An AP photographer explains why a good action photo is often about the cropping

Why This photo?

SEATTLE (AP) — In baseball, the postgame Gatorade bucket dunk is a common occurrence after a big win, such as a walk-off. It’s something we anticipate and prepare to make photos of after each home win just in case, but you never know exactly how it’s going to play out.

While we need to photograph and send the “regular” action as part of the game report, I’m glad anytime I can highlight nice light, details or reactions when covering baseball. Here, the photo of Mitch Haniger’s actual game-winning hit was nothing special. In this case, the reaction was what we were after.

How I made this photo

While the chosen Mariners player is getting interviewed postgame, we keep an eye on the dugout directly to our left to see if anyone picks up a Gatorade bucket to douse their teammate. Midway through, I saw shortstop J.P. Crawford grab a bucket.

In Seattle, because the television cameras that are used to film the postgame interviews are located along the first base well — the area where the photographers work next to the dugout — we are mostly stuck trying to make images from that space. We’re usually just hoping to find a window where we don’t get blocked by the on-field reporter and don’t block the TV cameras (a cardinal sin).

I’m always trying to find ways to make clean images out of chaos. Postgame I will sometimes choose to stay with a 70-200mm lens, keeping the shutter speed over 1/1000th, and get as low as I can. This helps maximize the amount of clean sky in the background and creates more separation than a wider 16-35mm lens. Sometimes it’s a tradeoff, and I sacrificed a nice full-body water dunk photo for the above image.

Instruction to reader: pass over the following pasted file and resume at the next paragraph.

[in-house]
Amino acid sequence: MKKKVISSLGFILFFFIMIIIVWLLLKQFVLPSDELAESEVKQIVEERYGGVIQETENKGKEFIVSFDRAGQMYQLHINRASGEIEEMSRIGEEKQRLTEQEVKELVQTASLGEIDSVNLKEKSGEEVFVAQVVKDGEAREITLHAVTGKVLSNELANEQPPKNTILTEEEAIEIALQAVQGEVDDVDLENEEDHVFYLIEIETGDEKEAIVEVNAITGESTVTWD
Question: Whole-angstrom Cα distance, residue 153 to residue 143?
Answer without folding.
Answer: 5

Why the photo works

Cropping, cropping, cropping. It’s a huge part of sports photography and this photo was no exception. Sometimes you make the photo within the crop — without it, it’s an average or even throwaway image. If you can find the right crop, it can make all the difference. Two of my best baseball photos from last season also came from extreme crops that I’m glad I found — otherwise they might be in the trash.

As Haniger was dodging the water, he ended up in the middle of a wonky frame. I chose to push in quite a bit to focus more on his expression, straighten the image and toss the distracting elements.

While I like peak action as much as the next person, sometimes the penultimate moment can be fun as well. We can see the anticipation and a bit of a wince as Haniger tries to cheekily dodge the blob of water headed towards him. A lot of sports is really about the emotion. ___ For more extraordinary AP photography, click here.

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